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Biochemistry. 1991 Aug 6;30(31):7817-21.

Energetics of subunit dimerization in bacteriophage lambda cI repressor: linkage to protons, temperature, and KCl.

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Department of Biochemistry and Molecular Biophysics, Washington University School of Medicine, St. Louis, Missouri 63110.


A common feature of gene regulatory systems is the linkage between reversible protein oligomerization and DNA binding. Experimental dissection using temperature dependence of the subunit-subunit energetics and their linkage to processes such as ion binding and release is necessary for characterization of the chemical forces that contribute to cooperativity and site specificity. We have therefore studied the effects of temperature, proton activity, and monovalent salt on monomer-dimer assembly of the lambda cI repressor using a recently developed gel chromatographic procedure. This technique has made possible studies in the previously inaccessible picomolar concentration ranges where the assembly reactions occur. Upon formation of the dimer interface in the range pH 5-9, we find an overall absorption of protons which is temperature-dependent. The dimerization reaction displays a large negative enthalpy of association at all conditions studied (pH 5, 7, and 9). The reaction is also dependent on monovalent salt concentration: subunit association is weaker at low-salt conditions. The results suggest that a repulsive interaction between negatively charged side chains (i.e., aspartates and glutamates) on each monomer surface is attenuated by increasing concentrations of KCl. Formation of the dimer interface may be mediated by absorption of cations which stabilize the complex.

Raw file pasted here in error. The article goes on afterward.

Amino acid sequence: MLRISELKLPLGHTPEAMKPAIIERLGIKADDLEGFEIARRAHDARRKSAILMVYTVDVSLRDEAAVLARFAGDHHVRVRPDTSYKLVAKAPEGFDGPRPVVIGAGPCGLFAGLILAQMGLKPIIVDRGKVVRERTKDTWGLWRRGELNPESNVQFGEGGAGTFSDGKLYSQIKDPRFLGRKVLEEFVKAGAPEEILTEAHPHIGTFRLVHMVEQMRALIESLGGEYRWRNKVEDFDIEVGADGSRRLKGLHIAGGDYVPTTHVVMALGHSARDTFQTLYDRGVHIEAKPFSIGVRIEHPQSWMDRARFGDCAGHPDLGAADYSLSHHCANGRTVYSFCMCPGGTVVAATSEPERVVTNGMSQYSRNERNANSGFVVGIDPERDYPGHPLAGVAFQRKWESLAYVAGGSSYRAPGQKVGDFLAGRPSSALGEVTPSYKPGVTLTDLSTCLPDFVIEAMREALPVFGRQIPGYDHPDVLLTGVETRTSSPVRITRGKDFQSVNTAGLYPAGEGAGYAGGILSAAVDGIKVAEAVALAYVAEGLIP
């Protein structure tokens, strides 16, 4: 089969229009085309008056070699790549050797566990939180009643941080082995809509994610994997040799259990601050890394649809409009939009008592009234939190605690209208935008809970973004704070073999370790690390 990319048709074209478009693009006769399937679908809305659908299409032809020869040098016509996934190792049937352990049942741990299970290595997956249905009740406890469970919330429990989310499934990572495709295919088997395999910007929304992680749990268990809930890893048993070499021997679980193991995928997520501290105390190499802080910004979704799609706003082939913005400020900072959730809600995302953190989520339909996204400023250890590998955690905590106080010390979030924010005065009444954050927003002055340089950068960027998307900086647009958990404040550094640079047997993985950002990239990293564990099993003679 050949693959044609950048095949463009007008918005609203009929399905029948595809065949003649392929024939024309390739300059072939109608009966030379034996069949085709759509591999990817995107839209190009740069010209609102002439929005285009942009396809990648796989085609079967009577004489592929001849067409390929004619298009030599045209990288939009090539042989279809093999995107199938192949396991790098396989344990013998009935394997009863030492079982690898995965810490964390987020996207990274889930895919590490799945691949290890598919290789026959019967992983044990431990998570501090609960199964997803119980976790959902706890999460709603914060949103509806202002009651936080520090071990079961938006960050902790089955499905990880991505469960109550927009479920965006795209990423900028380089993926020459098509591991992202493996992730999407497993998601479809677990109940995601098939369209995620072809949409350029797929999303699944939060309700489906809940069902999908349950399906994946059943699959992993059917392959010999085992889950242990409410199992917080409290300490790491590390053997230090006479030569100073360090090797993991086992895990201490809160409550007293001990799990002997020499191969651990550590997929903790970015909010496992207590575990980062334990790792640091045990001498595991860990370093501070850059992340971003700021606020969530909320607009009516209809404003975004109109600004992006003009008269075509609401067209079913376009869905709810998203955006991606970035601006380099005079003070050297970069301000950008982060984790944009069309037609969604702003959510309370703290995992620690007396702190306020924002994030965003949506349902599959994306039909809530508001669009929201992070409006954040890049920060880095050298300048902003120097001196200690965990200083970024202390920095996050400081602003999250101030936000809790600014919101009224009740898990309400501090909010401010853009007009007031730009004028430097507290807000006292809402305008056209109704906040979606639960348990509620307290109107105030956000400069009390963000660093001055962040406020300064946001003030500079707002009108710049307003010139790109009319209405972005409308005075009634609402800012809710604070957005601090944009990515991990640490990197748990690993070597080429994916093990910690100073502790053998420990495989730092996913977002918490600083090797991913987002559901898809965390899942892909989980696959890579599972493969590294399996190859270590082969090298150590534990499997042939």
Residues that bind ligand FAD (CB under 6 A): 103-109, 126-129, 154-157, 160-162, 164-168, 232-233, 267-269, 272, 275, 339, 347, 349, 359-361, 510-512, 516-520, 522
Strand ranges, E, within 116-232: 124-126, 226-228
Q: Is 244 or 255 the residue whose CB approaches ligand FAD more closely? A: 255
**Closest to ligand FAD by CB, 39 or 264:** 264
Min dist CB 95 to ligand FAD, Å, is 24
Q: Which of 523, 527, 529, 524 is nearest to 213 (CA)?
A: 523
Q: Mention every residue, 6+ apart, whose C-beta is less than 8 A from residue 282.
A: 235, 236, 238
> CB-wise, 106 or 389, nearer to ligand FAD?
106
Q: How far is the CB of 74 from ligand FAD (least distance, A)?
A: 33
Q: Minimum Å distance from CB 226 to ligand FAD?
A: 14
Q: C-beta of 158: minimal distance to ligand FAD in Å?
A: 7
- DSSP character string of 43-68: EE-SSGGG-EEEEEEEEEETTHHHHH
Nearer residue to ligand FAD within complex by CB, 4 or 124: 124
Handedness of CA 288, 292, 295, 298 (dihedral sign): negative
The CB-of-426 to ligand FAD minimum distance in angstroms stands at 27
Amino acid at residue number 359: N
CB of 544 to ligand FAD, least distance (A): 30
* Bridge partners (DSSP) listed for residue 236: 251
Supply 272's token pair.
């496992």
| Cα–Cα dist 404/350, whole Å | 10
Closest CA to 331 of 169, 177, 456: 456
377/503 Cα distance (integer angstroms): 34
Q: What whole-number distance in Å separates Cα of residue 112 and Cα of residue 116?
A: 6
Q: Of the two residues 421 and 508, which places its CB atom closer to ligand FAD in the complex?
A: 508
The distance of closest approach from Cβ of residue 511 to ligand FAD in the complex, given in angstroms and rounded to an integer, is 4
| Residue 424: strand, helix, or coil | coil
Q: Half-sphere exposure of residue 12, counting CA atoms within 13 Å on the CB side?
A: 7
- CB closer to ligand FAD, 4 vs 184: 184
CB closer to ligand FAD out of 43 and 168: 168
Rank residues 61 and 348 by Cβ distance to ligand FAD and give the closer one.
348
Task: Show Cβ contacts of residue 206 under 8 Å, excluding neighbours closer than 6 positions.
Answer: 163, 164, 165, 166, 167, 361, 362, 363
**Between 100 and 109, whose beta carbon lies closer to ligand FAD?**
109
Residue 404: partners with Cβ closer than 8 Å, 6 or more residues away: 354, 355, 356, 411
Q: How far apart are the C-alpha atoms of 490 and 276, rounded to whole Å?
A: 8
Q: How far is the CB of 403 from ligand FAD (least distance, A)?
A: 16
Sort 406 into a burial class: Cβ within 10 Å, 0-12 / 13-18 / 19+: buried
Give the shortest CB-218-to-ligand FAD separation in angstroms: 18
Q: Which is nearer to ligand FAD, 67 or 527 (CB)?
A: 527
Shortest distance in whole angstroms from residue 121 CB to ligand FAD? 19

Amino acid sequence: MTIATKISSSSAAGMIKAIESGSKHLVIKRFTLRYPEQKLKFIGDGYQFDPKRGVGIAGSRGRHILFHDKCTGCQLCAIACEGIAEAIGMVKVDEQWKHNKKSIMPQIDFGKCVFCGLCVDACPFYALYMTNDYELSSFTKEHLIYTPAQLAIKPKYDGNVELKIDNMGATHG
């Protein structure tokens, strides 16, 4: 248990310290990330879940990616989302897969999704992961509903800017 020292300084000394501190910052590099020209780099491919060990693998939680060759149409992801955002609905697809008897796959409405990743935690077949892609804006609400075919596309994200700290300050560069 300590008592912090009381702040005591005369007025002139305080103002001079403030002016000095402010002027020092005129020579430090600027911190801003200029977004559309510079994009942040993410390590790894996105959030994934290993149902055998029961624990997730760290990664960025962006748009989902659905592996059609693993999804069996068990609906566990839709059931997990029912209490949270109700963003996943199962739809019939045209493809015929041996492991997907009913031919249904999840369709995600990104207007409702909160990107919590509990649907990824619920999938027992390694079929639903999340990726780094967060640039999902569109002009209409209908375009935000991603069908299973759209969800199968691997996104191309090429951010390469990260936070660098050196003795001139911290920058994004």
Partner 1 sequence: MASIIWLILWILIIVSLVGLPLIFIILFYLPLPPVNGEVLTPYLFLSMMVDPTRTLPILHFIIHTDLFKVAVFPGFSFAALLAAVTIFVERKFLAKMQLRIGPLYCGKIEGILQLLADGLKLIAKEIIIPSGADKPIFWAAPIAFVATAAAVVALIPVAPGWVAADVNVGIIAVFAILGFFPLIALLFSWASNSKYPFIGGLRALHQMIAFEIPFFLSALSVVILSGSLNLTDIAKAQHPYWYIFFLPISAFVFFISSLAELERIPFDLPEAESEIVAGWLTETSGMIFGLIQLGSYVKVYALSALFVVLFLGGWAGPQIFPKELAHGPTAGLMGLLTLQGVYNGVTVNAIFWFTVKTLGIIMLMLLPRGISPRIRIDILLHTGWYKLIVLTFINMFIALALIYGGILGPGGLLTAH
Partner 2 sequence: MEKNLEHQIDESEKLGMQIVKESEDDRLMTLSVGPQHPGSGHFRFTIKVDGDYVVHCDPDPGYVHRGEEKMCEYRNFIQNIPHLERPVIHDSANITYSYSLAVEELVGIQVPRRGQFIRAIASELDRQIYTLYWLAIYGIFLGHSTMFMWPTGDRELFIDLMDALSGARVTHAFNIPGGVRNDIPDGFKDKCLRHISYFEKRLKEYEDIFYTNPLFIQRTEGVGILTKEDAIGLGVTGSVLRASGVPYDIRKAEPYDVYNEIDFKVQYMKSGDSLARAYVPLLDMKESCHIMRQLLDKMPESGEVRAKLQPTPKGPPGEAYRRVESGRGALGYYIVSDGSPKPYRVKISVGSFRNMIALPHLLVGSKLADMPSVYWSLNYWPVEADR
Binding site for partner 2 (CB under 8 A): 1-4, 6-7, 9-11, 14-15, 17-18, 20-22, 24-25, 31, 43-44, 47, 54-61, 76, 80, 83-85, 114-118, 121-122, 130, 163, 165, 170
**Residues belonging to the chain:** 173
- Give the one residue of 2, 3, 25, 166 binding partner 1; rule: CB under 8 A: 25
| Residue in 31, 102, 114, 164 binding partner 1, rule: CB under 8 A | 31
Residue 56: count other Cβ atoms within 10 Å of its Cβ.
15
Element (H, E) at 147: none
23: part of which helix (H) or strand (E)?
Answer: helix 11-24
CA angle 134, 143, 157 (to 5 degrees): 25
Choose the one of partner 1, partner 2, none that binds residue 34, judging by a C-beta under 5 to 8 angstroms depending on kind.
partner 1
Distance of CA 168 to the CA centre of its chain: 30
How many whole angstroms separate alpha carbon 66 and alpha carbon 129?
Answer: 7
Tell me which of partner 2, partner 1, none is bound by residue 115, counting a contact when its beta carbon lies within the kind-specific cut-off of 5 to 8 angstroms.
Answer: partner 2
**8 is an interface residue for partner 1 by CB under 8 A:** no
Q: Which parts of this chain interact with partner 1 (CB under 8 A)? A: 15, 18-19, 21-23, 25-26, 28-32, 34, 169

[Indexed for MEDLINE]

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